On a cool July morning, the rain is threatening the skies in true Irish summer fashion.

But in the Richmond Barracks Garden, nobody seems to mind. There’s a group of intrepid biodiversity and bee enthusiasts (aged 9 to 12)  who are busily engaged in their outdoor work. All week, they’ve been participating in a Children’s Biodiversity Summer Workshop with Polly Rowley-Sams, where they’ve been exploring nature, wildlife and biodiversity in the garden.

They’re setting about planting seeds when we meet them.

The Lord Mayor meets the bees
Fionn, Erin, and Tara hard at work.  Photo by Mark Stedman.

Planting seeds well requires soft soil I’m told, so first you have to dig some weeds. The trick to this is pulling up the ones you don’t like (this requires muscles) and leaving the ones you like the look of –  like dandelions, which Cillian (10) tells me are good because bees like them.

The young naturalists point out a bay tree, debate about what one type of flower might be, and even find some fennel while they were getting ready to plant their seeds. (It seems they’ve learned a lot this week.)

So when the Lord Mayor Hazel Chu arrives and asks about their work, the children are excited to share some of their newly found knowledge about the natural world, and how they’ve been gathering information for a fact sheet about biodiversity and bees for visitors at Richmond Barracks. 

The Lord Mayor meets the bees
Kaja telling the Lord Mayor about the work the group did in the garden. Photo by Mark Stedman.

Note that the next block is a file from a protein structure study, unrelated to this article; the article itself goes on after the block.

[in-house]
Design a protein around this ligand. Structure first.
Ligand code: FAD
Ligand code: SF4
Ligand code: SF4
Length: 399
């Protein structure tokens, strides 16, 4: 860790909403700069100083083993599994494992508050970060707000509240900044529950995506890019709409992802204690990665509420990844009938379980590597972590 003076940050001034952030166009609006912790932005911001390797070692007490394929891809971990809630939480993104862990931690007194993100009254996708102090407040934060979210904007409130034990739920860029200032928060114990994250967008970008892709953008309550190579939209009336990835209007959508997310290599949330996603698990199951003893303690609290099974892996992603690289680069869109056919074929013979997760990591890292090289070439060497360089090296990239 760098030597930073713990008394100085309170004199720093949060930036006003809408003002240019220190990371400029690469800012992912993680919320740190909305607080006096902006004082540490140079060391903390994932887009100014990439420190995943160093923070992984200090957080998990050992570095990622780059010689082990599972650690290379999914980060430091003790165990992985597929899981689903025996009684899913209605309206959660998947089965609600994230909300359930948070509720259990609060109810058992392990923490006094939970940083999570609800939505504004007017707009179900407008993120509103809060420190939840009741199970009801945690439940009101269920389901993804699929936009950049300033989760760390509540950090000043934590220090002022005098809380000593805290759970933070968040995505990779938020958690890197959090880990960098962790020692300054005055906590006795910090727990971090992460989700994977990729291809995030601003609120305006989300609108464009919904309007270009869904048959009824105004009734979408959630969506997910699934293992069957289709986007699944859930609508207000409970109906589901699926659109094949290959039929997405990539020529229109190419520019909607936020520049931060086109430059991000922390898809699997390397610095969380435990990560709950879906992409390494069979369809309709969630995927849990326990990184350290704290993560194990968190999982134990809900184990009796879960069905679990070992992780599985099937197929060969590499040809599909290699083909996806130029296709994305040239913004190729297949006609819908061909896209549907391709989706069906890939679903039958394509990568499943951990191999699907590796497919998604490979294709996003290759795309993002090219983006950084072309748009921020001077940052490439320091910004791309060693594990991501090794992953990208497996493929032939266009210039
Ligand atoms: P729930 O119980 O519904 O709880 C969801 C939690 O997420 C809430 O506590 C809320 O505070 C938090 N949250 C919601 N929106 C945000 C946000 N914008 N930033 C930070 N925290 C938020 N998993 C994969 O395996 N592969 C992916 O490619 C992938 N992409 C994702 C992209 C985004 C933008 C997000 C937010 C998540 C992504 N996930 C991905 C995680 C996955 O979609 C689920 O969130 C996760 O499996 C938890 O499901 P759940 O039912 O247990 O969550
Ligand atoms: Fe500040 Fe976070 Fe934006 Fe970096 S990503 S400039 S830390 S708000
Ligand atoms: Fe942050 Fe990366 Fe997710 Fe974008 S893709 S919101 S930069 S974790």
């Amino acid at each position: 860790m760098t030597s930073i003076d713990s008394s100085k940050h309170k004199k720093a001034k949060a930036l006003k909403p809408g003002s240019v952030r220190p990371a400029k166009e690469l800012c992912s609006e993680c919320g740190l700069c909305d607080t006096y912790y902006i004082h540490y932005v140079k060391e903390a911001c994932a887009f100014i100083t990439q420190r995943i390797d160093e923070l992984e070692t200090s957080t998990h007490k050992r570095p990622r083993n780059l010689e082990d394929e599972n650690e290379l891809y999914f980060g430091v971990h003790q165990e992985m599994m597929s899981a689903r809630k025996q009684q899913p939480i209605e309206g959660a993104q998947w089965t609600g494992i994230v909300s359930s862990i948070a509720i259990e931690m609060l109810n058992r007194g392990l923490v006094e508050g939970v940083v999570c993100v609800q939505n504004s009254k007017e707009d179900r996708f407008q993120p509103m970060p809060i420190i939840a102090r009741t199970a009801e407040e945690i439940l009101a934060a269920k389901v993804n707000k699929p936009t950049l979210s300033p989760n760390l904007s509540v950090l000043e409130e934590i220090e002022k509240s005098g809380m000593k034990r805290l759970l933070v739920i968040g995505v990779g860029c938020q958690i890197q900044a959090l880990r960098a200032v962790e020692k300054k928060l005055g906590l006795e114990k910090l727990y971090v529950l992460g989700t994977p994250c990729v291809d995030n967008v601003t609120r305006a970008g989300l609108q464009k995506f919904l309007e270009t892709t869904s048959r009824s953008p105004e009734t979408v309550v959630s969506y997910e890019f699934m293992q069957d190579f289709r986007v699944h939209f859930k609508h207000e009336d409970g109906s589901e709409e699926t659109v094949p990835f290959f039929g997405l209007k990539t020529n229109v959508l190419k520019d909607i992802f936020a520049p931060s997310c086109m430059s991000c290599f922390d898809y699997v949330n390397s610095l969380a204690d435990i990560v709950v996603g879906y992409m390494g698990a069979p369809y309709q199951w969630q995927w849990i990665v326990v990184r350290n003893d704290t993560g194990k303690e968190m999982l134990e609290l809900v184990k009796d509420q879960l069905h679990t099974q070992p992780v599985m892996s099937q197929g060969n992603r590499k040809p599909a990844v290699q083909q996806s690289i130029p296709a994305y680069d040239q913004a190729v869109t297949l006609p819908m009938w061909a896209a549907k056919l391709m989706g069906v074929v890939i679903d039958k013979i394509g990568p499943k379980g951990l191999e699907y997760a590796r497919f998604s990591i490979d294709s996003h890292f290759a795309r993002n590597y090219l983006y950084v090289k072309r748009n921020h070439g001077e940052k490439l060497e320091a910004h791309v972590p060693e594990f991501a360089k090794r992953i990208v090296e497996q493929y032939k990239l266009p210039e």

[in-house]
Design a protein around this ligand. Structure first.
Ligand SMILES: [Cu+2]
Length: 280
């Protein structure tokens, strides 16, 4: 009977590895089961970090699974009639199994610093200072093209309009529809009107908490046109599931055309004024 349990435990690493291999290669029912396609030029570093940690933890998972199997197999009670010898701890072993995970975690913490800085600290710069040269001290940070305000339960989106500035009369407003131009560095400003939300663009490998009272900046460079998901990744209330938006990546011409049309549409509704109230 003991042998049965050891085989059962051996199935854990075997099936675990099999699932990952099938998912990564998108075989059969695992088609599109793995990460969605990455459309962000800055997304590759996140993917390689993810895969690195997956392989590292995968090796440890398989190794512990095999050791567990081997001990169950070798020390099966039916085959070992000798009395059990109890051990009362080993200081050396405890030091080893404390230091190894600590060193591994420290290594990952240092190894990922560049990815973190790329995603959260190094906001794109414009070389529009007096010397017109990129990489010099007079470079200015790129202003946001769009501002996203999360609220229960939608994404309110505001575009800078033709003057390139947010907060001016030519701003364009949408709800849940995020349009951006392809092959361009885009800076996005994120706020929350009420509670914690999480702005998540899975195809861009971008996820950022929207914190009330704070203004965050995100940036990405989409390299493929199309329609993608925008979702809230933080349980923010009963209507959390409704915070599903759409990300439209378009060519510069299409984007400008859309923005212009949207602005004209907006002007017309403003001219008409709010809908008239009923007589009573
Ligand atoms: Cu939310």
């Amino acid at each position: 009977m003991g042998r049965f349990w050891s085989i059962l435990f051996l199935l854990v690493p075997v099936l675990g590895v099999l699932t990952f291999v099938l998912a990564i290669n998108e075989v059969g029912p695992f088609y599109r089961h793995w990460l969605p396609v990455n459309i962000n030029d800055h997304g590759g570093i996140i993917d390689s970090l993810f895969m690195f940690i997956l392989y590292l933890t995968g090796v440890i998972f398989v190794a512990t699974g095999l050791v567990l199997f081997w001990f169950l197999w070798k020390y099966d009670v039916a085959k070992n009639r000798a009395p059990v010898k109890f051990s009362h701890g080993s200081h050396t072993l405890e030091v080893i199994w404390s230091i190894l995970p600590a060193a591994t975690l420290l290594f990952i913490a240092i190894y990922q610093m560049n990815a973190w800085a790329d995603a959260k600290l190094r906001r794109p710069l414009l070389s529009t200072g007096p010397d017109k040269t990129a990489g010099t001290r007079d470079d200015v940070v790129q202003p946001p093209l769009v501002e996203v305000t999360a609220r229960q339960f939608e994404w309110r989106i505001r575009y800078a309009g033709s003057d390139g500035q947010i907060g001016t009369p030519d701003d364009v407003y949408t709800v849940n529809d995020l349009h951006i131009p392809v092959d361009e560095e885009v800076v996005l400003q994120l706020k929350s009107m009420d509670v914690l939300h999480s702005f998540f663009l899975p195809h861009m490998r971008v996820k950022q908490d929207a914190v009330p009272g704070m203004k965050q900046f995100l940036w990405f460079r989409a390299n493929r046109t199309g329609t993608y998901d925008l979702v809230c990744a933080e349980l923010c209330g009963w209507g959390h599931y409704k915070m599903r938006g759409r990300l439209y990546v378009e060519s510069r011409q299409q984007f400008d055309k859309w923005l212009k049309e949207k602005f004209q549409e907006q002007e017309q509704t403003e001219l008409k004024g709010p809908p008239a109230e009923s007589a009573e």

An inquisitive bunch, the children also had lots of pressing questions for the Lord Mayor, including whether she wears her chain with her pyjamas, or whether she gets to wear it at the weekends. One member of the group, Sadie (10), even managed to bag herself an autograph from the newly appointed Lord Mayor.

The Lord Mayor meets the bees
Erin showing the Lord Mayor some of the group’s artwork. Photo by Mark Stedman.

After thoughtfully checking to make sure that she wasn’t allergic to bees, the children led the Lord Mayor to see the newly installed bee hives at the other end of the garden.

The young biologists spotted an ailing bee on the path, and only after photographer Mark rescued it was it time for some photos with the Lord Mayor and the wonderful drawings the group had created during the week.

Kaja (9) told me about the maps of the garden that they drew, Charley Rose (9) shared her top bee fact (that we need bees for food) and Erin (10) added that bumble bees don’t really sleep.

The Lord Mayor meets the bees
Charlie introducing the Lord Mayor to our newest residents, the bees! Photo by Mark Stedman.

Other highlights from the week from everyone included doing the drawings for the fact sheets, blindfolded garden walk, making new friends, having cake for Tara’s birthday (Happy Birthday Tara!), and generally learning about the bees.

As the Lord Mayor continued to enjoy an amble in the garden, and the children made sure they had their seedling trays to take home with them, they wondered if people would find their fact sheets useful, if their seeds would grow into plants, and Sadie even contemplated whether or not she might be able to make a profit if she were to sell her autograph.

The work the group and Polly carried out this week will contribute to the  All-Ireland Pollinator Plan, and we’re looking forward to sharing the newly created fact sheets with visitors to Richmond Barracks soon.

The Lord Mayor meets the bees
The bio-diversity fact sheet.

Huge thanks to Polly-Rowley Sams for running such a fruitful workshop for the week, to all the children for their curiosity and hard work, and to the Lord Mayor Hazel Chu and her husband Patrick Costello TD for coming to visit us.